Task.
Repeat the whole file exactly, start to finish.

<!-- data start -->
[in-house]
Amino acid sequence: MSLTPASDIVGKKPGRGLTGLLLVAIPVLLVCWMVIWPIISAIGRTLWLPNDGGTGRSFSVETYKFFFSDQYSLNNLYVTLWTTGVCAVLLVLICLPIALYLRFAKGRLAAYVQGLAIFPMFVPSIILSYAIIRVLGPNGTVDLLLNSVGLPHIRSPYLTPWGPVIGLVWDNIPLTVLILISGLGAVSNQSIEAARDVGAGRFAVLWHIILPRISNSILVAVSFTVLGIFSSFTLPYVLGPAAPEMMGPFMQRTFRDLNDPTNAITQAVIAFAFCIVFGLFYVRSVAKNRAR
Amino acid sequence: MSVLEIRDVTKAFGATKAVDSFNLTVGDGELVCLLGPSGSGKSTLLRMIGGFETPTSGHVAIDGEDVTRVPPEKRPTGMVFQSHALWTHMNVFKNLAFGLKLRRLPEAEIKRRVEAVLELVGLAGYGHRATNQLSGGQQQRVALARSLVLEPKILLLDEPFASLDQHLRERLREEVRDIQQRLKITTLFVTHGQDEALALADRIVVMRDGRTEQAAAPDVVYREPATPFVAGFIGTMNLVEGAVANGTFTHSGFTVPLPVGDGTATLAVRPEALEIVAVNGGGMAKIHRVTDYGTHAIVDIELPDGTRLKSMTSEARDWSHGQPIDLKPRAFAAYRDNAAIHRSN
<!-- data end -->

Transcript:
[in-house]
Amino acid sequence: MSLTPASDIVGKKPGRGLTGLLLVAIPVLLVCWMVIWPIISAIGRTLWLPNDGGTGRSFSVETYKFFFSDQYSLNNLYVTLWTTGVCAVLLVLICLPIALYLRFAKGRLAAYVQGLAIFPMFVPSIILSYAIIRVLGPNGTVDLLLNSVGLPHIRSPYLTPWGPVIGLVWDNIPLTVLILISGLGAVSNQSIEAARDVGAGRFAVLWHIILPRISNSILVAVSFTVLGIFSSFTLPYVLGPAAPEMMGPFMQRTFRDLNDPTNAITQAVIAFAFCIVFGLFYVRSVAKNRAR
Amino acid sequence: MSVLEIRDVTKAFGATKAVDSFNLTVGDGELVCLLGPSGSGKSTLLRMIGGFETPTSGHVAIDGEDVTRVPPEKRPTGMVFQSHALWTHMNVFKNLAFGLKLRRLPEAEIKRRVEAVLELVGLAGYGHRATNQLSGGQQQRVALARSLVLEPKILLLDEPFASLDQHLRERLREEVRDIQQRLKITTLFVTHGQDEALALADRIVVMRDGRTEQAAAPDVVYREPATPFVAGFIGTMNLVEGAVANGTFTHSGFTVPLPVGDGTATLAVRPEALEIVAVNGGGMAKIHRVTDYGTHAIVDIELPDGTRLKSMTSEARDWSHGQPIDLKPRAFAAYRDNAAIHRSN